canadian ~ twenty-first century literature since 1999

TDR Interview: Shaena Lambert

Shaena Lambert is a fiction writer and poet whose first book, a collection of short stories called The Falling Woman, was a Globe and Mail Best Book and was shortlisted for the Danuta Gleed Literary Award. Her work has appeared in many periodicals and literary journals including Descant, the Malahat Review, the North American Review and the Toronto Life fiction issue. She lives in Vancouver with her husband and two children. 

See Random House's Shaena Lambert website.

This interview was conducted in the early hours of Spring 2007 by TDR Montreal correspondent Mary Williamson.


TDR: You are a poet, novelist and short fiction writer.  Could you discuss how these forms relate and inform one another and how they might contrast within your practice?

Shaena Lambert: I do write all three, though recently novel writing seems to have taken over. Since finishing Radiance I have begun a new novel, which at present is quite amorphous. Getting inside that world seems to take up all my writing time. Novels have a tendency to spread, I think, and take up all available space – like big animals.

TDR: How do you experience the relationship between memory and fictional narrative?

SL: Key memories from my childhood do seem to end up laced into my fiction, but usually in altered form. Riverside Meadows, the Long Island suburb where much of Radiance takes place, came partly from research, but also from memories of the Ottawa suburb I lived in until I was five. There was the same marsh at the end of a dirt road. I even threw in the drainage pipe under the street, which kids used to crawl through, and the IGA grocery store my mother used to trek to, across several large fields. I turned that into "Strickland’s Groceries" out on the Jericho turnpike.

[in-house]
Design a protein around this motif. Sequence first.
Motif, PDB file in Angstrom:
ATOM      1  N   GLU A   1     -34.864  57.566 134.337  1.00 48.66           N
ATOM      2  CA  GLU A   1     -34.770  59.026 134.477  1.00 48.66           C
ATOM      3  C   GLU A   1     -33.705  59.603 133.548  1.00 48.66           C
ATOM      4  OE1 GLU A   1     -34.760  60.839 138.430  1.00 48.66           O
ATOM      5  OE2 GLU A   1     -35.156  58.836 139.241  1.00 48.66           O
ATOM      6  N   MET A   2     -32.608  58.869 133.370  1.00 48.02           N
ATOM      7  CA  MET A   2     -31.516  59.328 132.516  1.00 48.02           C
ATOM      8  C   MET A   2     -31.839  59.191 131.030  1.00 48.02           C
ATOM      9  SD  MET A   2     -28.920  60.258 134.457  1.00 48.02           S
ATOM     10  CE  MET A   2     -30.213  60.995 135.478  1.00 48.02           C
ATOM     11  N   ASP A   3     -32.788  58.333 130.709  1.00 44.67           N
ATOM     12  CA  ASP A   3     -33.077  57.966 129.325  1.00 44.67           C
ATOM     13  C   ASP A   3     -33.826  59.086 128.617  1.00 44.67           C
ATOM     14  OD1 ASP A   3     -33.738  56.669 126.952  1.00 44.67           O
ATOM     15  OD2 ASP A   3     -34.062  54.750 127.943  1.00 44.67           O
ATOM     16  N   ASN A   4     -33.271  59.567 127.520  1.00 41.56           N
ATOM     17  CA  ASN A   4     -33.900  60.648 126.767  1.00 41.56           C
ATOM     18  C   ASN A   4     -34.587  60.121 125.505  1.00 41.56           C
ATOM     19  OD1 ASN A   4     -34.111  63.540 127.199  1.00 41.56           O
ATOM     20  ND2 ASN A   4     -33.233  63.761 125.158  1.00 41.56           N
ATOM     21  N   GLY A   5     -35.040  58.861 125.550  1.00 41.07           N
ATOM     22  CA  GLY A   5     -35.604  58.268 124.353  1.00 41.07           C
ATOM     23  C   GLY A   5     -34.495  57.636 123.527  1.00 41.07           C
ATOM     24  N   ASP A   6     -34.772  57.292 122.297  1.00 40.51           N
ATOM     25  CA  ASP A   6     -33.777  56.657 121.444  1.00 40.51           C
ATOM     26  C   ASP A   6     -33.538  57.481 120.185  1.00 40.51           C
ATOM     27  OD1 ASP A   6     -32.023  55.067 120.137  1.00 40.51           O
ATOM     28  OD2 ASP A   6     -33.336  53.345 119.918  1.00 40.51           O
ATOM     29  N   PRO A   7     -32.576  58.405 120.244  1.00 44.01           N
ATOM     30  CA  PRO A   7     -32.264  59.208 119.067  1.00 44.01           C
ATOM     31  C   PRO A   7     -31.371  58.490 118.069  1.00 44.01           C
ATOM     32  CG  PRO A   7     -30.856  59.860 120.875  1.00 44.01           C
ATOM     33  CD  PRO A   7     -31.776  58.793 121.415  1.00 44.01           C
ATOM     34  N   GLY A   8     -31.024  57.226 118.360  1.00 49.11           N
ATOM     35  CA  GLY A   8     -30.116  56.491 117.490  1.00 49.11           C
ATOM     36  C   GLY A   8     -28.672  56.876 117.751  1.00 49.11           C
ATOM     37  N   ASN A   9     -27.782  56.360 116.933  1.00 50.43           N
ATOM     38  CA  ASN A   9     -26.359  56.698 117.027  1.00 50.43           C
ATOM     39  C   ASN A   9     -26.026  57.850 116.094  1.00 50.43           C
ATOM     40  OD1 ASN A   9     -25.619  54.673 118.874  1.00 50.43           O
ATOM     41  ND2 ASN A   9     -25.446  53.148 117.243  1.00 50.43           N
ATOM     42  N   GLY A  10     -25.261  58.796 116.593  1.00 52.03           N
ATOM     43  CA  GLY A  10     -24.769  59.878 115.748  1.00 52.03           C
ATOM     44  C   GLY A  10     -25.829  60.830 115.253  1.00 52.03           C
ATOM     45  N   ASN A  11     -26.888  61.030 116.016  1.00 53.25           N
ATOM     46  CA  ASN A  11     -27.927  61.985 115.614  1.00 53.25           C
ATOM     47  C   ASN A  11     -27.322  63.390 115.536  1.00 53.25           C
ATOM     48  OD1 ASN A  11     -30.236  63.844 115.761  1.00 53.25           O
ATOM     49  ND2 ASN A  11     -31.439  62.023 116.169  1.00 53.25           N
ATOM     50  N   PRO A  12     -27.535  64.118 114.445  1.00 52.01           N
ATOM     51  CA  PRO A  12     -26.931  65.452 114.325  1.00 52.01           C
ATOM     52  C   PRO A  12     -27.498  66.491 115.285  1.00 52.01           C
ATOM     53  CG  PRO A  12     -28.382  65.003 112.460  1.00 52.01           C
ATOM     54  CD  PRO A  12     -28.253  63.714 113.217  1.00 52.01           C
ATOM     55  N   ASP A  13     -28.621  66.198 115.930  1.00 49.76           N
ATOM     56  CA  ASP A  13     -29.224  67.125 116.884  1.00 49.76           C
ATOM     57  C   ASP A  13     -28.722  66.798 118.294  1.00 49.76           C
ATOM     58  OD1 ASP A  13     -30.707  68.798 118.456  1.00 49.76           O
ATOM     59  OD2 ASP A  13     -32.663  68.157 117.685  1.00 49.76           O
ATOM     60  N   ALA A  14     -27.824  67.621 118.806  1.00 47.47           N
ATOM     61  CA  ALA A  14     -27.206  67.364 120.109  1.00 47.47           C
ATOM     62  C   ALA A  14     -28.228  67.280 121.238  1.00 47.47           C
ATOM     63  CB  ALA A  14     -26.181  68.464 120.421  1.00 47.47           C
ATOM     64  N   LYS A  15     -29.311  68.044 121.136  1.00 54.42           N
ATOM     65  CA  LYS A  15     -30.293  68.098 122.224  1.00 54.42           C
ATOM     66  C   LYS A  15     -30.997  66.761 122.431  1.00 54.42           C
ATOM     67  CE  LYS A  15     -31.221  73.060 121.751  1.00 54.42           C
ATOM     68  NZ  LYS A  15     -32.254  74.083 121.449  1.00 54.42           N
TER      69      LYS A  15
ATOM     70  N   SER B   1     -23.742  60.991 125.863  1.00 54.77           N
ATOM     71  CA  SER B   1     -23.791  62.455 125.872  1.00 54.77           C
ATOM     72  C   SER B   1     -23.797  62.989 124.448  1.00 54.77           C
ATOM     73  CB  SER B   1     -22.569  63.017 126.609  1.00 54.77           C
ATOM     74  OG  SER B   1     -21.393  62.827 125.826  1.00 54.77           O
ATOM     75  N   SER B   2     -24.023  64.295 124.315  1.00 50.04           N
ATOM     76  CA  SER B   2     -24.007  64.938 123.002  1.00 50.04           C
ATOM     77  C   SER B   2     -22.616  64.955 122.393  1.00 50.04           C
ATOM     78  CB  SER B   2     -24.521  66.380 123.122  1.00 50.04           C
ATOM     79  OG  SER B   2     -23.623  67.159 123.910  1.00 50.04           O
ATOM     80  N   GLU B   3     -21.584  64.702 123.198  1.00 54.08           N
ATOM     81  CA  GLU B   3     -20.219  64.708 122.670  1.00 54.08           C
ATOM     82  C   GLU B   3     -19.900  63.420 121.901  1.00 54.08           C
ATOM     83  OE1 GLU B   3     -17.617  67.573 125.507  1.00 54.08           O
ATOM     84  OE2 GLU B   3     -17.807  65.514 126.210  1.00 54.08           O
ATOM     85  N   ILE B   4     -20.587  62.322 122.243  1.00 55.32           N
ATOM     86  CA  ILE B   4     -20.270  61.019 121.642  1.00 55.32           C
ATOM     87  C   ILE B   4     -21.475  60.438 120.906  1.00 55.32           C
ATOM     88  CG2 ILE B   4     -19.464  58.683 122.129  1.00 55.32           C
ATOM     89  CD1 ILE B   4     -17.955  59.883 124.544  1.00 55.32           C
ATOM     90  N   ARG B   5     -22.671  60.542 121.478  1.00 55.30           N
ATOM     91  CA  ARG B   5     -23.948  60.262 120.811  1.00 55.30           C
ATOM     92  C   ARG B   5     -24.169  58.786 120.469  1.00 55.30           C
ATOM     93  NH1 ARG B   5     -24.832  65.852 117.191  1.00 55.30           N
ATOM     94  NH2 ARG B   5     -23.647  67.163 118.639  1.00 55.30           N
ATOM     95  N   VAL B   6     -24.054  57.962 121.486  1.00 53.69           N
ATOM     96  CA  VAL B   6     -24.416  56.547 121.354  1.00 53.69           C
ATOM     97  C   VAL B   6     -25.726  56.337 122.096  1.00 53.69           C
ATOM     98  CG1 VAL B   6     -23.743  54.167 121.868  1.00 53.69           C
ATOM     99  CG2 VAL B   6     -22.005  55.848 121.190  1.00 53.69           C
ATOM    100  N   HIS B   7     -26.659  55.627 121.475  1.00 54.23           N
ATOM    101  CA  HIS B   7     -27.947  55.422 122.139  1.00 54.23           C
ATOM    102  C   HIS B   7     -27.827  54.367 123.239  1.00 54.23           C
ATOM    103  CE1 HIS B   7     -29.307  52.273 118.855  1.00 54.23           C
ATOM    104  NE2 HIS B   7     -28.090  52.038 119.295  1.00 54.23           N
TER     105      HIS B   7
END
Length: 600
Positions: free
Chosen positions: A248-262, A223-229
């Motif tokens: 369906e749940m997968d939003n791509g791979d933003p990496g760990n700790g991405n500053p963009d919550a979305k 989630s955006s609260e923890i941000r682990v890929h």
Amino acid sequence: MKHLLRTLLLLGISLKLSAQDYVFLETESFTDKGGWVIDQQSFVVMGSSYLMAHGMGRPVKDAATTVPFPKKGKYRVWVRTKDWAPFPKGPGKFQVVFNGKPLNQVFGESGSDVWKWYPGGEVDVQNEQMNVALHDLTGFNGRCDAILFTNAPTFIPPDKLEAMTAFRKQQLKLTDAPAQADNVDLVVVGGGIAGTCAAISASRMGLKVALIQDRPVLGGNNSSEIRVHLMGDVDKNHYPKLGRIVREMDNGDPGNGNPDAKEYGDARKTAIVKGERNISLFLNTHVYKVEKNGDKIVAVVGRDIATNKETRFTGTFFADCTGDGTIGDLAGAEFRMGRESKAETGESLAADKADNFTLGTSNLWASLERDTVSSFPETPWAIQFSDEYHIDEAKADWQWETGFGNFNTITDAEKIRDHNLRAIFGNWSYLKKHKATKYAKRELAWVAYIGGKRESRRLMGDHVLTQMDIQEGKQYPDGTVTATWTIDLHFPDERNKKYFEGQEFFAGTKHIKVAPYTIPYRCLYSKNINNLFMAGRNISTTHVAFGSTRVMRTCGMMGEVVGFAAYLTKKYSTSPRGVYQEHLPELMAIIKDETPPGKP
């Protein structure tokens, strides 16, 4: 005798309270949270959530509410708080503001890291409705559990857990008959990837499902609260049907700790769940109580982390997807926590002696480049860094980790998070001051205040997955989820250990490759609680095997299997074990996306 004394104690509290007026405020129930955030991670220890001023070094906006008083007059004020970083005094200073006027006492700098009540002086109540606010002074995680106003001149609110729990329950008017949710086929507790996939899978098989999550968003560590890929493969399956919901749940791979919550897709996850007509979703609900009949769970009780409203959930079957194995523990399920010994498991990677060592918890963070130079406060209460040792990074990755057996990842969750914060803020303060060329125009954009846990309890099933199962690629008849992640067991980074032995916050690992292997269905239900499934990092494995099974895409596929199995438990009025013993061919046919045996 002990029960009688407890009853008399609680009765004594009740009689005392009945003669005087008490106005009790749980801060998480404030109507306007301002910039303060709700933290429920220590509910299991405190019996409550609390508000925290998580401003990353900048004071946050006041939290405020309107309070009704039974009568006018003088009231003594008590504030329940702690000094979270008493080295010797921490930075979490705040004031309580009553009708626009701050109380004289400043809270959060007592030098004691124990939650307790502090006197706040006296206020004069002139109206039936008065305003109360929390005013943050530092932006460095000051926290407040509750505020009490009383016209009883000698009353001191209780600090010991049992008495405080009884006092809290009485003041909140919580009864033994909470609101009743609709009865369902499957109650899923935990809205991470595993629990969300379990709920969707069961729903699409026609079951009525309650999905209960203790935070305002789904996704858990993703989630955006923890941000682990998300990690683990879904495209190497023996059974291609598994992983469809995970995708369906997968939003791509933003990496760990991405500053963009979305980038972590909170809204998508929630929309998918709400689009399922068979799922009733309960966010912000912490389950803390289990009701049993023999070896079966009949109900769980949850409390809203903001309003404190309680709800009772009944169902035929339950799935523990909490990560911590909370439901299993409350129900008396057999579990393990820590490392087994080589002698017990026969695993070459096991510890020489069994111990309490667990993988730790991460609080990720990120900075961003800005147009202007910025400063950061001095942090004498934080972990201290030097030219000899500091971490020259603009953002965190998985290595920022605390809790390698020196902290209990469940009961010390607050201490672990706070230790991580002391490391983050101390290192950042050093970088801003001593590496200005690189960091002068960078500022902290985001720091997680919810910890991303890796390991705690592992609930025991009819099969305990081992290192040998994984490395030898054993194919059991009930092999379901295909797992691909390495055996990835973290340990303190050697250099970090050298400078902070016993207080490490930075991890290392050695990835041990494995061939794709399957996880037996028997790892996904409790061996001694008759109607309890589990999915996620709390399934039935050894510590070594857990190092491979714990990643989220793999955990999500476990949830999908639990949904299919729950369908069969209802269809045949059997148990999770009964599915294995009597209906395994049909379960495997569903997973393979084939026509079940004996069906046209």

In my short stories I often start with a little snippet of something I remember – either something that happened to me, or a story I might have heard, and then I develop it.

TDR: This past Easter marked the 90th anniversary of Canada's involvement in the Battle at Vimy Ridge.  How do you feel about Canada's current relationship/involvement in war?  Why did you choose to write about the events of and aftermath of Hiroshima from the perspective of this novel?

SL: I guess I felt gripped by the idea early on – the idea of a Hiroshima survivor and the relationship she has with a conventional housewife, and the strange shadows the a-bomb survivor casts over a seemingly ordinary suburb. It was one of those ideas that wouldn’t let me go, though it took me years to get it into its final form, and it changed a lot as I wrote the novel. Exploring the strangeness of radiation was part of that for me. How it was such a new, potent force. People in the early Fifties were just beginning to develop a cultural relationship to it – part horror at what had been unleashed, part fascination.

TDR: How does your history as a peace activist inform your perspective within Radiance and in your writing practice?